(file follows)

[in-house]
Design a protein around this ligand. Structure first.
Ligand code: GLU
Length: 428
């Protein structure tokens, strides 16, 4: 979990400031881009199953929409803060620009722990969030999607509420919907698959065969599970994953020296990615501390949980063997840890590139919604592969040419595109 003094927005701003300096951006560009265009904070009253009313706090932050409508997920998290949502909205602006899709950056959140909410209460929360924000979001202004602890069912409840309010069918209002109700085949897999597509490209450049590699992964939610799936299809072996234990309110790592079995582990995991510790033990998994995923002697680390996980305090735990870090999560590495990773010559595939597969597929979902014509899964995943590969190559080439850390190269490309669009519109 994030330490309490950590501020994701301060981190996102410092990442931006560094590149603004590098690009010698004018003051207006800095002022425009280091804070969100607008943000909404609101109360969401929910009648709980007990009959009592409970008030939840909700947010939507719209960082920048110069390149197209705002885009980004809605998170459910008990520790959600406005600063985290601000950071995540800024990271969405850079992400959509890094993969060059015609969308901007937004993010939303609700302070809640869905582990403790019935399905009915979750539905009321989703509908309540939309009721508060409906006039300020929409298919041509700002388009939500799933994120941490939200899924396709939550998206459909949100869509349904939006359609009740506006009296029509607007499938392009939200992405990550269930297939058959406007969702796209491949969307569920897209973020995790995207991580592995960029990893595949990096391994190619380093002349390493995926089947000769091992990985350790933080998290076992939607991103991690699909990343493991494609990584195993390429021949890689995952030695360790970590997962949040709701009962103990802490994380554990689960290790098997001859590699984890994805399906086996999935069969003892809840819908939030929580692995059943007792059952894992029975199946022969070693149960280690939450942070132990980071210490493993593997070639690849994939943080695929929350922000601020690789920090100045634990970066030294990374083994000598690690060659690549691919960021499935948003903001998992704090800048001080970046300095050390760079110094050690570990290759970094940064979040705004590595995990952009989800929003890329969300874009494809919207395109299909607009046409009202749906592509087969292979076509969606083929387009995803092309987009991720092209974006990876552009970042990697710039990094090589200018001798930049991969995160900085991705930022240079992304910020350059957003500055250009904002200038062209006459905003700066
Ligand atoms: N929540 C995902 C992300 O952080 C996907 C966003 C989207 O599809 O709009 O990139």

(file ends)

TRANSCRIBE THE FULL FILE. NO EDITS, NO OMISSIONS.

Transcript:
[in-house]
Design a protein around this ligand. Structure first.
Ligand code: GLU
Length: 428
């Protein structure tokens, strides 16, 4: 979990400031881009199953929409803060620009722990969030999607509420919907698959065969599970994953020296990615501390949980063997840890590139919604592969040419595109 003094927005701003300096951006560009265009904070009253009313706090932050409508997920998290949502909205602006899709950056959140909410209460929360924000979001202004602890069912409840309010069918209002109700085949897999597509490209450049590699992964939610799936299809072996234990309110790592079995582990995991510790033990998994995923002697680390996980305090735990870090999560590495990773010559595939597969597929979902014509899964995943590969190559080439850390190269490309669009519109 994030330490309490950590501020994701301060981190996102410092990442931006560094590149603004590098690009010698004018003051207006800095002022425009280091804070969100607008943000909404609101109360969401929910009648709980007990009959009592409970008030939840909700947010939507719209960082920048110069390149197209705002885009980004809605998170459910008990520790959600406005600063985290601000950071995540800024990271969405850079992400959509890094993969060059015609969308901007937004993010939303609700302070809640869905582990403790019935399905009915979750539905009321989703509908309540939309009721508060409906006039300020929409298919041509700002388009939500799933994120941490939200899924396709939550998206459909949100869509349904939006359609009740506006009296029509607007499938392009939200992405990550269930297939058959406007969702796209491949969307569920897209973020995790995207991580592995960029990893595949990096391994190619380093002349390493995926089947000769091992990985350790933080998290076992939607991103991690699909990343493991494609990584195993390429021949890689995952030695360790970590997962949040709701009962103990802490994380554990689960290790098997001859590699984890994805399906086996999935069969003892809840819908939030929580692995059943007792059952894992029975199946022969070693149960280690939450942070132990980071210490493993593997070639690849994939943080695929929350922000601020690789920090100045634990970066030294990374083994000598690690060659690549691919960021499935948003903001998992704090800048001080970046300095050390760079110094050690570990290759970094940064979040705004590595995990952009989800929003890329969300874009494809919207395109299909607009046409009202749906592509087969292979076509969606083929387009995803092309987009991720092209974006990876552009970042990697710039990094090589200018001798930049991969995160900085991705930022240079992304910020350059957003500055250009904002200038062209006459905003700066
Ligand atoms: N929540 C995902 C992300 O952080 C996907 C966003 C989207 O599809 O709009 O990139």